fiber). 7.5% castorin (a waxy crystalline substance separated Few tests (primarily dermatological) using castoreum tincture have indicated it to be nontoxic. castorin. etc.. Vol. p. canadensis Kuhl (Family Castoridae). J. T. Khranit. Wiley– Interscience. with the Siberian material generally higher in volatile oil. 117 (1982). cinnamic acids. 2nd ed. Ann. V.. 20. Nawaby et al. M. A. Plovdiv. and other properties. 167 (1973). R.. 107 (1972). 1.3 ..). Mochida. 217 (2004). 205 (1992). Standen.. A. while the Siberian beaver is found in Europe and Siberia. phenols (phenol. Khadzhiiski and M. 34 (1997). etc. J. TOXICOLOGY CHEMICAL COMPOSITION Contains 1–2% volatile oil.). p-ethylphenol. Chemical Technology: An Encyclopedic Treatment. 61 (1974). The Canadian beaver inhabits lakes and rivers of Canada and northern United States. A. J.. LIST AND 2 ¨ HORHAMMER. C. J. Ethnopharmacol. Nauch. 20. S. chavicol.2-cyclohexanediol. 4. New York. 6. 5.. Vissh Inst. A. ed. These scent glands with their secretion (castoreum) are collected and dried.. 5. 0.. Vkusova Prom. J. El Badwi et al. L. 23.4% calcium phosphate. up to 80% of an alcohol-soluble resinoid material. 6. Res. 401 (1998). 204 (1974). N. A. acids (benzoic.. PHARMACOLOGY AND BIOLOGICAL ACTIVITIES Believed to have sedative. o-ethylphenol.). 1967. Koja and K.156 Castoreum 1. p-propylphenol. Vol. 2. GENERAL DESCRIPTION Beavers are large pale brown to chestnutbrown rodents. Tchapla et al. Torricelli and B. Barnes & Noble. 11. Brondegaard. canadensis) and Siberian or European beaver (C. 9. ketones (acetophenone and its derivatives.) are prepared by solvent extraction. 5. Indian Chem. castoramine. salicylic. G. 21.. No pharmacological data are available. p. from which extracts (absolute. an ionone derivative. Guerci. CASTOREUM Source: Castor fiber L. High Resolut.). New York. Planta Med. W. eds. KirkOthmer Encyclopedia of Chemical Technology.. Kalichkov. Sci. Allergologie. or C. Wuthrich. etc. Canadian castoreum and Siberian castoreum differ considerably in their relative concentrations of certain of these constituents. etc. POUCHER). Codd et al. betuligenol. Tr. 10. Common/vernacular names: Secretion of Canadian beaver (C. Chromatogr. Castoreum is the secretion accumulated in glands located near the pubis (between anus and sex organs) of these animals. N. Phytother. etc. 524. Subramanian. Scarpa and A. cis-l. Hutzler in A. cholesterol and other alcohols (benzylalcohol..1 from the hot alcoholic extract on cooling). Eisei Kagaku. 187. tincture. nervine. V. 8. J. and others (ARCTANDER.33–2. 27. 21. 4. O’Neill in L. 1972. Canadian castoreum is considered superior in quality to the Siberian castoreum. and resinoid ¨ matter (LIST AND HORHAMMER). 3. Sep..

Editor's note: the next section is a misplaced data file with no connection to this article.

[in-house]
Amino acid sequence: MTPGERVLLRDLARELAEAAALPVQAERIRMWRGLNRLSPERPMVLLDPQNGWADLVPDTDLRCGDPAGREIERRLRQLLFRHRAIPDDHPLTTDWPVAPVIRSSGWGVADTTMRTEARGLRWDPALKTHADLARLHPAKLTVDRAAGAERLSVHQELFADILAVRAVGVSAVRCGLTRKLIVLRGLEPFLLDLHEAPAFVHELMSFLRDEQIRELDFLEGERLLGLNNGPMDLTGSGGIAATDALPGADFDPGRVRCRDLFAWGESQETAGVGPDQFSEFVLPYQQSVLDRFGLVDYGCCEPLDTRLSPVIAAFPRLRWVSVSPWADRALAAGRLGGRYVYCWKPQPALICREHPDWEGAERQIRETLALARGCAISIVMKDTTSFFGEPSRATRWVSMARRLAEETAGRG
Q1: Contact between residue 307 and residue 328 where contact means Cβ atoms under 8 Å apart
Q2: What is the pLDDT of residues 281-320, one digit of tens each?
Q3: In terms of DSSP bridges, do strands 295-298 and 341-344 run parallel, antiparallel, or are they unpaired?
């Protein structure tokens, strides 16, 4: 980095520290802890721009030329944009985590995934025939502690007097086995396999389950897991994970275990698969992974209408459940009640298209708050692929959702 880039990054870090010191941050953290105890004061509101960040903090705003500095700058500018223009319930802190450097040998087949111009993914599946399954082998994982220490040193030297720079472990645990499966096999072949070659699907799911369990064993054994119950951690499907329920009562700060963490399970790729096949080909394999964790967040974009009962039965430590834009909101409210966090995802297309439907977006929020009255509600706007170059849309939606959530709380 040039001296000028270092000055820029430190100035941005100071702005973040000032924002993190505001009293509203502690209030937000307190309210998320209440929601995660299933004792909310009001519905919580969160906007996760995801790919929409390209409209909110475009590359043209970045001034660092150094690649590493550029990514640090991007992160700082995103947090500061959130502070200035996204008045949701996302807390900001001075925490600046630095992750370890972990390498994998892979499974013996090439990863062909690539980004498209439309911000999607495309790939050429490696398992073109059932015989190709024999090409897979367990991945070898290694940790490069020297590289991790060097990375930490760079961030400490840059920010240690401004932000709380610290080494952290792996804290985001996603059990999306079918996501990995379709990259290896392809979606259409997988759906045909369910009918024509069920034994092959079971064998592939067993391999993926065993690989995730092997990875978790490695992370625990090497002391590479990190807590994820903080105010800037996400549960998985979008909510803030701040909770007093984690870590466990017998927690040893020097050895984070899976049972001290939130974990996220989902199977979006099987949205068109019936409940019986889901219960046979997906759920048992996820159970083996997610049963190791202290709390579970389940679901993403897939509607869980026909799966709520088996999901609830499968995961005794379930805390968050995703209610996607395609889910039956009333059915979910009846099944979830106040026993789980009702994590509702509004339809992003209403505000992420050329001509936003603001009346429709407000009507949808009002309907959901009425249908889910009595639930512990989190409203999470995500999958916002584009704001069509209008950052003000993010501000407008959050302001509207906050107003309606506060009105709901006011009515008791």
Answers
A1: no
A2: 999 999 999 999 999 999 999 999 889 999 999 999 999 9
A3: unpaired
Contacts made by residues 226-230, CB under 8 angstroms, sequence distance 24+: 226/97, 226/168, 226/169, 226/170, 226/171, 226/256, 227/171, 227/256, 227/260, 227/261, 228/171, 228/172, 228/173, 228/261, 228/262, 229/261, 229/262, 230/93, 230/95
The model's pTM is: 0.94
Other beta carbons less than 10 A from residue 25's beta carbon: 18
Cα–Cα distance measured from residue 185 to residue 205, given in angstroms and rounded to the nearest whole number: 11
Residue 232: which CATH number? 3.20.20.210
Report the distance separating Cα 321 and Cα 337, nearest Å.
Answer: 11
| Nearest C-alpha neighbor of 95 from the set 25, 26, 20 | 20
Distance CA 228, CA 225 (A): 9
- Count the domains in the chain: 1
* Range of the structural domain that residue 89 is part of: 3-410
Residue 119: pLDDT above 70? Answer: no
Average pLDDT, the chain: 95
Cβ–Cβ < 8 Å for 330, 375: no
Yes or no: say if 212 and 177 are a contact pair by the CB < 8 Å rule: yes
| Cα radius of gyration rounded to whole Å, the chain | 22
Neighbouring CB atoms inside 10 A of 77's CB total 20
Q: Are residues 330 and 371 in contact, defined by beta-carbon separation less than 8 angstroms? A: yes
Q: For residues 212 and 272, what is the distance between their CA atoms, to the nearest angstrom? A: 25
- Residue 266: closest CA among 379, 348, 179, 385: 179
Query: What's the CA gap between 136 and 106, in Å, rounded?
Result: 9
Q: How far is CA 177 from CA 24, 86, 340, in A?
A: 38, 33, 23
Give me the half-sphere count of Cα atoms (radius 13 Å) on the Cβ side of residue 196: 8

4% reported in perfumes.. Vol. iron). Uncaria gambir is an evergreen woody vine. pale catechu. 1967. gambir). creams.). catechu. 130 1. E. candy.. Hunter) Roxb. brown cutch. etc. and Cosmetic.Catechu (black and pale) 157 USES Medicinal. examples include Bombay catechu and Borneo cutch. it is a pale brown to dark mass occurring in cubes (EVANS).g. soaps. The terms catechu and cutch can also mean products other than black catechu and pale catechu. cachou. LIST AND HORHAMMER. ed. 25–33% phlobatannin (EVANS). D. up to 13 m high. p. and gravies. catechu). 2nd ed. cutch. Extracts used as flavor components (particularly in vanilla flavors) in most major categories of foods such as alcoholic and nonalcoholic beverages. gambir catechu.and dl-epicatechin. restless sleep. red pigments. quercitrin. gambier. Rarely used in pharmaceuticals. 11. 22–50% catechutannic acid. 17. POUCHER.7 ppm). dysmenorrhea. REFERENCES ¨ See the General References for ARCTANDER.1 CHEMICAL COMPOSITION GENERAL DESCRIPTION Acacia catechu is a spiny. Pale catechu: Uncaria gambir (W.. with maximum use level of 0. Food Cosmet. and others (JIANGSU). Indonesia. New York. a shiny black mass.f. Experientia. Pharmaceutical. Kirk-Othmer (1961). Black catechu contains 2–12% l. Wiley–Interscience. and drying yields black catechu. Both black catechu and pale catechu are incompatible with alkaloids.009% (93. Parts used are the leaves and twigs. white cutch. 2. Average maximum use levels reported are usually below 0. meat and meat products. baked goods.. the aqueous extract after filtration. pegu catechu. Valenta et al. respectively. Main use (generally as a tincture) is in cosmetics as a fragrance component or fixative in perfumes (particularly men’s fragrances and oriental types). gambir.3 Food. Opdyke..and dl-catechin.) Willd. proteins (e. gelatin). black cutch. . Used in amenorrhea. and lotions. quercitin. evaporation. (Family Leguminosae or Fabaceae). Standen. Common/vernacular names: Catechu. Part used is the heartwood. terra japonica (U. deciduous mediumsize tree. Encyclopedia of Chemical Technology. which are extracted with boiling water to yield pale catechu after filtration and evaporation of the extract to dryness. 717.. cashou (A. dark catechu. and metallic salts (e. Shiftan in A. frozen dairy desserts. CATECHU (BLACK AND PALE) Source: Black catechu: Acacia catechu (L. (Family Rubiaceae). 14. L. which are derived from Areca catechu (betel nut) and a mangrove species. Traditional Medicine. native to southeastern Asia (Malaysia. J. l. hysteria.g. FEMA. among others. 1061 (1973). and as analeptic and nervine. 3. COMMERCIAL PREPARATIONS Mainly crude. gelatins and puddings. native to India and Myanmar. which is extracted with boiling water. MARTINDALE. Z. fisetin. Toxicol.